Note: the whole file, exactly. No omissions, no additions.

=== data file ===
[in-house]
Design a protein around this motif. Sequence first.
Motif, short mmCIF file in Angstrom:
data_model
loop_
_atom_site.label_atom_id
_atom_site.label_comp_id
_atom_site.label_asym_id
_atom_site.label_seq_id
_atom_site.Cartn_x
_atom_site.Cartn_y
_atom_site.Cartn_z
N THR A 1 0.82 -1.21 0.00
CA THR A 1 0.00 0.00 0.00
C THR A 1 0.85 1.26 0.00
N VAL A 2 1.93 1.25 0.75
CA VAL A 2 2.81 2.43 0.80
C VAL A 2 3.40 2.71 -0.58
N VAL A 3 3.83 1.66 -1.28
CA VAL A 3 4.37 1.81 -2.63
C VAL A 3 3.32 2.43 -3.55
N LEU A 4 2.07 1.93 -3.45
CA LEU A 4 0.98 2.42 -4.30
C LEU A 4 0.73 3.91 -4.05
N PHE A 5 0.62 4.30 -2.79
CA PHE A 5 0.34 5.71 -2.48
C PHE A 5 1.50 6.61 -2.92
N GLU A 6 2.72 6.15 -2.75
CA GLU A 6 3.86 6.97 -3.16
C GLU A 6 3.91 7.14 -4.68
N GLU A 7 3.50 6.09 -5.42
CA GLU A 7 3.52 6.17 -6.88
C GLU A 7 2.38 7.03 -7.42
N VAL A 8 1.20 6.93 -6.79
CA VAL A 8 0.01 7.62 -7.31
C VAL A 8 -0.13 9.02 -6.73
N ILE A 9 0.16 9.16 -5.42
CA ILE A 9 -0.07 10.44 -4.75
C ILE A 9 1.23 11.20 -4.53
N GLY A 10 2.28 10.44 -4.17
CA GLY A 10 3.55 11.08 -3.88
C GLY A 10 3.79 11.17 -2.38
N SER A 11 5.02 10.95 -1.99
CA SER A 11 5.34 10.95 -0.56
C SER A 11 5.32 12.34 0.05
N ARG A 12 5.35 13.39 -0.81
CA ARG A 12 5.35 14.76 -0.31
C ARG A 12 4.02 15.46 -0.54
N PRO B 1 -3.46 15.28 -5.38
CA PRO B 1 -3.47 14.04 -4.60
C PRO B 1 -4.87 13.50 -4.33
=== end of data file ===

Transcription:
[in-house]
Design a protein around this motif. Sequence first.
Motif, short mmCIF file in Angstrom:
data_model
loop_
_atom_site.label_atom_id
_atom_site.label_comp_id
_atom_site.label_asym_id
_atom_site.label_seq_id
_atom_site.Cartn_x
_atom_site.Cartn_y
_atom_site.Cartn_z
N THR A 1 0.82 -1.21 0.00
CA THR A 1 0.00 0.00 0.00
C THR A 1 0.85 1.26 0.00
N VAL A 2 1.93 1.25 0.75
CA VAL A 2 2.81 2.43 0.80
C VAL A 2 3.40 2.71 -0.58
N VAL A 3 3.83 1.66 -1.28
CA VAL A 3 4.37 1.81 -2.63
C VAL A 3 3.32 2.43 -3.55
N LEU A 4 2.07 1.93 -3.45
CA LEU A 4 0.98 2.42 -4.30
C LEU A 4 0.73 3.91 -4.05
N PHE A 5 0.62 4.30 -2.79
CA PHE A 5 0.34 5.71 -2.48
C PHE A 5 1.50 6.61 -2.92
N GLU A 6 2.72 6.15 -2.75
CA GLU A 6 3.86 6.97 -3.16
C GLU A 6 3.91 7.14 -4.68
N GLU A 7 3.50 6.09 -5.42
CA GLU A 7 3.52 6.17 -6.88
C GLU A 7 2.38 7.03 -7.42
N VAL A 8 1.20 6.93 -6.79
CA VAL A 8 0.01 7.62 -7.31
C VAL A 8 -0.13 9.02 -6.73
N ILE A 9 0.16 9.16 -5.42
CA ILE A 9 -0.07 10.44 -4.75
C ILE A 9 1.23 11.20 -4.53
N GLY A 10 2.28 10.44 -4.17
CA GLY A 10 3.55 11.08 -3.88
C GLY A 10 3.79 11.17 -2.38
N SER A 11 5.02 10.95 -1.99
CA SER A 11 5.34 10.95 -0.56
C SER A 11 5.32 12.34 0.05
N ARG A 12 5.35 13.39 -0.81
CA ARG A 12 5.35 14.76 -0.31
C ARG A 12 4.02 15.46 -0.54
N PRO B 1 -3.46 15.28 -5.38
CA PRO B 1 -3.47 14.04 -4.60
C PRO B 1 -4.87 13.50 -4.33